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What Skills Do Students Learn in the Third Grade?

written by: Deidra Alexander • edited by: Wendy Finn • updated: 8/2/2012

Each year children return to school at the end of summer vacation to face new expectations. National and state standards set the bar for third-grade skills for parents and teachers to help foster their success.

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    Students Must Meet Higher Expectations

    At the third-grade level, students get down to the meat of many subjects. Teachers have expectations for students at the first of the year and also at the end, so it is good for parents to be attentive to performance and to work with their children in several key areas.

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    Beginning of the Year


    Teachers expect students entering the third grade to read at the respective level. Third grade skills in reading include predicting story details and endings and picking out the main ideas of the story and supporting facts. Decoding is a skill built-up in previous years. Eight- and nine-year-olds are very good at this by now, with an ability to read complex words by picking out smaller words they already know. Your third grader has gained an understanding of figurative language and she can now make her own opinions about a story’s meaning and the author’s purpose.

    The study of literature takes form for the first time in the life of a third grader. They study summaries and analyze text for class discussion. Students read for pleasure and make their own decisions about what they want to read. The stories they read connect them to people in faraway places and to people who do not necessarily look like them or live as they do.

    Writing and Spelling

    Students can study the writings of others and can proofread for errors. They can write in various forms such as narrative or expository essay. Proper grammar and the use of a dictionary and thesaurus are signs of a student ready for third grade. This student is also better at spelling and usually makes corrections for their own misspellings. They typically write in longer sentences.


    Third grade students are comfortable with place value lessons in math at the start of the year. They can count up to a thousand and add or subtract large numbers. By now, they have begun working on adding and subtracting money and working on place value. They are very good with addition facts of 20 and under and are gaining ground on higher level facts at a steady pace.

    Science and Social Studies

    Children can identify the parts of plants and animals. They understand that animals fall into classes and can place some animals in their proper category. Life cycles and landforms are easy for them to delve into in their work. They know how to find their town on the map and they can discuss current events. They realize the basic components of an economic system and their place within it.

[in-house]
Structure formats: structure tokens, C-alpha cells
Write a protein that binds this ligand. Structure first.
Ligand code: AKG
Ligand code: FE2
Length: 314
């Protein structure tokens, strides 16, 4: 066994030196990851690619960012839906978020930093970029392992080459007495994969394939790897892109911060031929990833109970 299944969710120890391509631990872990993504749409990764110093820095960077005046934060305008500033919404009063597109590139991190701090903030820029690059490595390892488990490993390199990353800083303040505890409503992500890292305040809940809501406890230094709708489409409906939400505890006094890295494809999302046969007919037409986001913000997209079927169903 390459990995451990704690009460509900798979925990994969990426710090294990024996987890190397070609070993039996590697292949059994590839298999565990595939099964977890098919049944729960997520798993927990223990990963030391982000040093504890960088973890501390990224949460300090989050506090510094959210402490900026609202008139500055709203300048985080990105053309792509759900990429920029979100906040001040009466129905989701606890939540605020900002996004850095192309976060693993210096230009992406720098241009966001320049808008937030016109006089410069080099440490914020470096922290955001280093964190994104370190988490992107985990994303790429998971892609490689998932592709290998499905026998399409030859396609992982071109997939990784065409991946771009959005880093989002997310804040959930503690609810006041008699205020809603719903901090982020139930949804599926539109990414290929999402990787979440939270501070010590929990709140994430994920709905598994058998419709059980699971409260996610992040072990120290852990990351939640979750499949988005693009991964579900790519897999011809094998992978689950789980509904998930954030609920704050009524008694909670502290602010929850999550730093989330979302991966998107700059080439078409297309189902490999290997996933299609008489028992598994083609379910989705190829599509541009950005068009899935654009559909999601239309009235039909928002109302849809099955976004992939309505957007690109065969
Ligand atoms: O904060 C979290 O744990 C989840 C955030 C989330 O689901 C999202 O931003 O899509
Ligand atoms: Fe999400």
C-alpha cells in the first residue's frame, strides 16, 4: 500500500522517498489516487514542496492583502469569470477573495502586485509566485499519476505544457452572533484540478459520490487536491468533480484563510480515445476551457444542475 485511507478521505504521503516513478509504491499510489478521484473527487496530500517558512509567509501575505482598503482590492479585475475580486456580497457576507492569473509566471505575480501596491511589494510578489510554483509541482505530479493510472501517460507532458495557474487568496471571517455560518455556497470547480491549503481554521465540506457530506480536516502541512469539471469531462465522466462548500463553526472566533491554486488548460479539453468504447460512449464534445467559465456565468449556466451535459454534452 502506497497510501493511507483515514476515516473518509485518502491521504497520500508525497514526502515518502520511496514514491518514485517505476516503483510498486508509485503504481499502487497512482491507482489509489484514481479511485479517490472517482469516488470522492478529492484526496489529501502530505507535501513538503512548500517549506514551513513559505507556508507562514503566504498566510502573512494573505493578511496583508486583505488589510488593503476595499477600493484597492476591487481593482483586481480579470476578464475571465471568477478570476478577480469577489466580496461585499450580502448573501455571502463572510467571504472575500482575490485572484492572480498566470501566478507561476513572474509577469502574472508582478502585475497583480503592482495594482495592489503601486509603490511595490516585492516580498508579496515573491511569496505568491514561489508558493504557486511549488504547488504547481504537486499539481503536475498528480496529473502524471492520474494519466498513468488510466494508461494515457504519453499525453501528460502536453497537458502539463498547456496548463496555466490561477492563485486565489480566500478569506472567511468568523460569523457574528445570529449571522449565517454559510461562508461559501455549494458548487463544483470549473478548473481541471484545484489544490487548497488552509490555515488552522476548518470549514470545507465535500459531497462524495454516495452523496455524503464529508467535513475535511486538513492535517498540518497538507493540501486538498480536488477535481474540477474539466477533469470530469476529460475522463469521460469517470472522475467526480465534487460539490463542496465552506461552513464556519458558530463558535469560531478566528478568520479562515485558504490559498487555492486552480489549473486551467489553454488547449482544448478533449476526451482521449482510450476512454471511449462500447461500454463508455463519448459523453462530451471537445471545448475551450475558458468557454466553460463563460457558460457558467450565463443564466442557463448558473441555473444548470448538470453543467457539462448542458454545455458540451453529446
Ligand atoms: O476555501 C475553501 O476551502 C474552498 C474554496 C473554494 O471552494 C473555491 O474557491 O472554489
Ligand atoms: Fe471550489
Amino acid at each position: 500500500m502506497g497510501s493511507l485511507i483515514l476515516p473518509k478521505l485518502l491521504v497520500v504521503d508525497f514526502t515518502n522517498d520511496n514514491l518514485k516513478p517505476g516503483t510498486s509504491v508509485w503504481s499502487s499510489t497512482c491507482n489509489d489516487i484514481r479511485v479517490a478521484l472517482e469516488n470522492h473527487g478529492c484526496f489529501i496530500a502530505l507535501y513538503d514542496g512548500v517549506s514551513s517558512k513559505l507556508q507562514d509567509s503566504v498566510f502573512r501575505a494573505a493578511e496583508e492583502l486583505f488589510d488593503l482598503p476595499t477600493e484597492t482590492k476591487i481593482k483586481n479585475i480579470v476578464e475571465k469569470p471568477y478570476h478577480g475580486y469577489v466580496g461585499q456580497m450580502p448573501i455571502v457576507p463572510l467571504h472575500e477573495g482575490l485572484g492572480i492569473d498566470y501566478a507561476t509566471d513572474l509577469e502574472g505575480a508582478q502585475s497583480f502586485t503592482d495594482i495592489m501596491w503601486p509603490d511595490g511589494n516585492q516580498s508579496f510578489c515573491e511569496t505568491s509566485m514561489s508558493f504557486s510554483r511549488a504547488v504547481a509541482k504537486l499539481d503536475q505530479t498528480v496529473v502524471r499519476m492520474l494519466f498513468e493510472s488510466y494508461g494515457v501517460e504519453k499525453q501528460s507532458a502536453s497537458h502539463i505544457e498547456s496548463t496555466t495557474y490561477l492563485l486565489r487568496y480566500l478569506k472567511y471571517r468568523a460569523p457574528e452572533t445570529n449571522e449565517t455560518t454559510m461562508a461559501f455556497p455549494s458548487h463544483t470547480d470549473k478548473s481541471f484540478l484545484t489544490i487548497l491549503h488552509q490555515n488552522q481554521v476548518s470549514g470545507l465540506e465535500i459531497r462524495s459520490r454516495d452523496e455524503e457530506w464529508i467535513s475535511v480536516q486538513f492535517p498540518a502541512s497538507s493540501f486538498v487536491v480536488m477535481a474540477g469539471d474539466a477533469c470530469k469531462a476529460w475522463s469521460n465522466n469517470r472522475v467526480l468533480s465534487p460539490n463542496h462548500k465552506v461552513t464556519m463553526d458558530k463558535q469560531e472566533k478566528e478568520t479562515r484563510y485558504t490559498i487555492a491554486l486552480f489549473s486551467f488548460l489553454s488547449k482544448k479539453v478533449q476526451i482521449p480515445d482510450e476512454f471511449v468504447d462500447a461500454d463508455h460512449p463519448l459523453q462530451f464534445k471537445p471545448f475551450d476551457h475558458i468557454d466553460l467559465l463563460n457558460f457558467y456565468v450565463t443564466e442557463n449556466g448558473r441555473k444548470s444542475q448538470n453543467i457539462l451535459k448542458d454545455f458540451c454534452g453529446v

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    End of the Year


    Chapter reading is nothing new by the end of third grade. Throughout the year, the students have studied plays, fables and poems and broadened their horizons. An abundant amount of time has been spent using reference materials when working with literature. Students comprehend more of what they read and their purpose for reading has matured.

    Writing and Spelling

    Students work through the writing process with the guidance of their teacher. Creating outlines over the year has given them the value of the planning stage of writing. They work on journal writing assignments for personal expression.


    At the end of the year in math, two- and three-digit multiplication fills the math plate. Students know how to pick out patterns and use them to solve problems. They can also make graphs, read them to gather data and then share it. They are able to tell time to the minute, round off numbers and make estimations. Math is what they use to solve real-world problems.

    Science and Social Studies

    Students are initially versed in the complexities of Earth and the solar system. A difference is realized between the skeletal systems of humans and animals. They work on science projects for deeper learning about the discussions from their textbook. Students can name all 50 states and their capitals and find other countries using the globe. By the end of third grade, they realize the role of Native Americans in history and the abridged versions of the country’s history.

    Teachers expect students to become enlightened on their own, and assign homework to push them to grow as a learner. This work will involve investigations and reports for the student to turn in on a routine basis. Tests are more regular in third grade, so expect students to spend more time preparing for them.